A dark and reckless winter
Winter is a dark and reckless thing, even when it’s half asleep. By which I mean, of course, the lack of snow cover in most of Maine this year, at least through the middle of last week. At our house in Troy, we’ve had disturbingly mixed feelings about this.
In one way, we feel like we’re escaping execution. Every day the driveway is visible is another day to pretend burial by ice crystal is a month or more away. There have been some nippy nights, some minus-single-digit mornings. The daylong flurry that fell a few days after New Year frosted the ground but then vanished in most places, returning the brown and gray of extended Thanksgiving-time. So this is by any standard of dread a welcome delay.
On the other hand, I can remember in younger days, the 1980s to be exact, spending blizzardlike amounts of energy waging mental war against global warming. Winter was clearly – to me, at least – warmer, shorter and less snowy than when I was a kid in the 1950s and ’60s. We used to jump off the roof of our ranch house in Cape Elizabeth into snowdrifts. By 1983 or so there appeared to be no longer any such possibility for a kid in southern Maine. I remember fretfully watching the newspaper’s degree-day report ascending steadily over each previous year’s report. (A “degree day” is a figure indicating how much energy on average is needed for heating buildings. It was less and less year after year.) It seemed like the environmental apocalypse was gathering to rip us limb from limb. Not one to neglect an opportunity for psychic friction, I resisted it with all my might inside the confines my own skull.
Here we are in 2012, and the signs of wholesale climate change are abundantly upon us. A huge majority of climate scientists – somewhere in the range of 99 percent, or so I have read – agree the Earth is warming, and the vast majority of those agree that human activity is a major contributor.
Now this is troubling, and surely bodes some strange eruptions to our Earth. But for several reasons, I’m not as upset about it as I was when I was 30. Anxious mental hand-wringing is futile. What can I do about the sea of troubles a warming climate might bring?
While I am well aware that the lack of snow is probably yet another portent, on the other hand by last week I had shoveled hardly anything white so far this winter. I’ve gotten up and down my driveway, both by foot and auto, with almost no difficulties. I’ve lugged home 5-gallon pails full of sand from the town garage only once. No one has slipped and fallen on the way to the car. And the blue jays, squirrels and other brute neighbors appear to be thriving even though it’s technically the dead of winter.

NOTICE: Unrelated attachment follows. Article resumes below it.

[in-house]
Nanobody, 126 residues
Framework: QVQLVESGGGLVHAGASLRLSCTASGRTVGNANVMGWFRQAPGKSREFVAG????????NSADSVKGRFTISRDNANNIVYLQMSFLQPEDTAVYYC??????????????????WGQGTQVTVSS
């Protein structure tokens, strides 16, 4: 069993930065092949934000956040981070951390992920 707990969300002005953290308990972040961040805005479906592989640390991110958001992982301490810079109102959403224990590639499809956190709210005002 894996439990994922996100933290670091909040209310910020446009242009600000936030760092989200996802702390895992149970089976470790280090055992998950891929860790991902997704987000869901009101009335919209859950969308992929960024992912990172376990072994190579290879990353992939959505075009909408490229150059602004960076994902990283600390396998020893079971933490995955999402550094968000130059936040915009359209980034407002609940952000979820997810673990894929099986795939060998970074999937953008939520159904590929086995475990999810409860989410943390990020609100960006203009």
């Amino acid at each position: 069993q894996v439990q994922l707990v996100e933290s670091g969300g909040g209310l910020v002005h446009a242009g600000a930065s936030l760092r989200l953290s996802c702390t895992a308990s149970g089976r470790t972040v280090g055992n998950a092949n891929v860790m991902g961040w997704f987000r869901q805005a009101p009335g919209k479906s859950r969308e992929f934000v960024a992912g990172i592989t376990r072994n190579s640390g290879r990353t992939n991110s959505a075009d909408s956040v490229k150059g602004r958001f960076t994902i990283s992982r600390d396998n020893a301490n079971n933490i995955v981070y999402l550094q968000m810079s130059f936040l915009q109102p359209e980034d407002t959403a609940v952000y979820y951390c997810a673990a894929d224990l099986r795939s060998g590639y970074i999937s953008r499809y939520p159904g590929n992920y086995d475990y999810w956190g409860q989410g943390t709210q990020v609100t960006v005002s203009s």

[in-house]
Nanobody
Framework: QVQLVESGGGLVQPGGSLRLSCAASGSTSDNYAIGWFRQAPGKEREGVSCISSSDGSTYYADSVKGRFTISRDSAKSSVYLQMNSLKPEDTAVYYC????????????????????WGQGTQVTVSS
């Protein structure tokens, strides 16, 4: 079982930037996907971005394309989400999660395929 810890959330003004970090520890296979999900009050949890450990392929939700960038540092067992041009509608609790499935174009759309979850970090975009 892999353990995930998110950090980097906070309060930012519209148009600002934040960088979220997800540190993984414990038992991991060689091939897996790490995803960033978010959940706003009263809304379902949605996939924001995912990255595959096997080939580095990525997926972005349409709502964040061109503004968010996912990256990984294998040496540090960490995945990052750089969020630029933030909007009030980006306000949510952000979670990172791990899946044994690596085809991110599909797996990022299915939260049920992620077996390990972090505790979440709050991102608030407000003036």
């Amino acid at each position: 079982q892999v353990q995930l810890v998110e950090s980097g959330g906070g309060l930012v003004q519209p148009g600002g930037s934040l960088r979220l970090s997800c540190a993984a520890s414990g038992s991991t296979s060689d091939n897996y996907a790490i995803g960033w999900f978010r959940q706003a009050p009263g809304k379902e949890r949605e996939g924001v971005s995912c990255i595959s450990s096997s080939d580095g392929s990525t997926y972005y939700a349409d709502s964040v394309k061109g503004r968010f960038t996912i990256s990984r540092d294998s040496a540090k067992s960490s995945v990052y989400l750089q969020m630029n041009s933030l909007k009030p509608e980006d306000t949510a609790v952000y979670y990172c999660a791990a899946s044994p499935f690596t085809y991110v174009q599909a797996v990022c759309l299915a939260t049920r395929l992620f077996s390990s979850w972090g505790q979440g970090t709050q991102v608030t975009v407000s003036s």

The meteorologists have been carefully pointing out that it has snowed the last few months; the disjointed bit is that it has also melted. By a rough calculation based on local average figures, we get around 20 inches of snow in any given January in our wooded dell off Route 9. But even when there’s no snow, we still have more snow than everybody else, as Bonnie observed last week. When Bangor reports 4 inches, we get 6 or 8. When 12, we measure 14 or 15. So while the rest of the world has been mostly brown and gray this winter, that white New Year’s coverlet was still in our Back Troy woods last week.
Which was sort of comforting, because the brown and gray in the world beyond our driveway has troubled my mind’s eye. While there’s a certain barren beauty in November’s floral skeletons and the green winking out to tan and brown, two months later the bare crooks and joints of birch and maple branches seem cadaverous. All those twisting, naked limbs look like they’re fighting to get free of a claustrophobic panic. Surely many bushes and shrubs that depend on snow insulation have been burning in the open cold.
My mind just cannot let sleeping winter lie. I could be bounded in a nutshell and count myself the king of infinite space, were it not that I have bad dreams. Despite its convenience, this snowless winter is deeply out of joint.
Dana Wilde’s collection of Amateur Naturalist and other writing, “The Other End of the Driveway,” is available electronically and in paperback from Booklocker.com